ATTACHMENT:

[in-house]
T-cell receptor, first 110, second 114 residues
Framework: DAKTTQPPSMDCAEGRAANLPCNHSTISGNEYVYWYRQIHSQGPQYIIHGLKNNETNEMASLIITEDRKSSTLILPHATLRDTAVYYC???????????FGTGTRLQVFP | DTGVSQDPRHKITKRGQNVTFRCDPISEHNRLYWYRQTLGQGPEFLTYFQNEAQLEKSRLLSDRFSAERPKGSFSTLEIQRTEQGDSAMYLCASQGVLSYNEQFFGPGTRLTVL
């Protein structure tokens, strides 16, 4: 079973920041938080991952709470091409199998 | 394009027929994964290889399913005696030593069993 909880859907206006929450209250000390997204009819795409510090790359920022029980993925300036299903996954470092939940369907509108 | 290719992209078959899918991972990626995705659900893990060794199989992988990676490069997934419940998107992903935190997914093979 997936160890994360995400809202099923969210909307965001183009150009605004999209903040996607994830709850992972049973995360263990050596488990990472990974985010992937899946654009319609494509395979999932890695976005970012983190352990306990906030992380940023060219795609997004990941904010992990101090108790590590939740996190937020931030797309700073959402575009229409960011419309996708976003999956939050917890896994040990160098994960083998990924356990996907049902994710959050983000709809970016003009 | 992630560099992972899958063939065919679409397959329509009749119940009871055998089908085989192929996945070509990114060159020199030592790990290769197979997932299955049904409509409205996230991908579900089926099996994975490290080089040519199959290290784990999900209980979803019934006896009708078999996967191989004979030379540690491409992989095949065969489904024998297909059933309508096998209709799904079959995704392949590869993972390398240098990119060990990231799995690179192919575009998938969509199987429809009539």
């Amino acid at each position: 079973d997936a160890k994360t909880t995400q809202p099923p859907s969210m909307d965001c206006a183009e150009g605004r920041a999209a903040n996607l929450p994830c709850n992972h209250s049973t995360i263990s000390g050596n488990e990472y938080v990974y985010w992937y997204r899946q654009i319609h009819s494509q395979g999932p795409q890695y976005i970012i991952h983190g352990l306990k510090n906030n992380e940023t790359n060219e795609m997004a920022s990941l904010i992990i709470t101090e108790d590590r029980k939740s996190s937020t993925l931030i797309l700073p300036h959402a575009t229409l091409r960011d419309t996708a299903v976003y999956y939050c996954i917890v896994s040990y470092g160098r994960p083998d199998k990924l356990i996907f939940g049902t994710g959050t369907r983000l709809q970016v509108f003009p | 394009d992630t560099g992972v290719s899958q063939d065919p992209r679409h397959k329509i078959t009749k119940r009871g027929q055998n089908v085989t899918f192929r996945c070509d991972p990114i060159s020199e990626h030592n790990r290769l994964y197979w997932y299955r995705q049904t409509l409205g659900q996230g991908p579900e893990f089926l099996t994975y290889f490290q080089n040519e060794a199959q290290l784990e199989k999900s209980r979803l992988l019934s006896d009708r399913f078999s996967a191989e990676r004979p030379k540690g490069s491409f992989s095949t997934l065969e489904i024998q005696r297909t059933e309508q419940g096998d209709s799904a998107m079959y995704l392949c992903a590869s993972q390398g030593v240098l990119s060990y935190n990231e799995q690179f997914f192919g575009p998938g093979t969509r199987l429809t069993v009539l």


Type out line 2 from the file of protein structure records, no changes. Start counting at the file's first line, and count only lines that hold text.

T-cell receptor, first 110, second 114 residues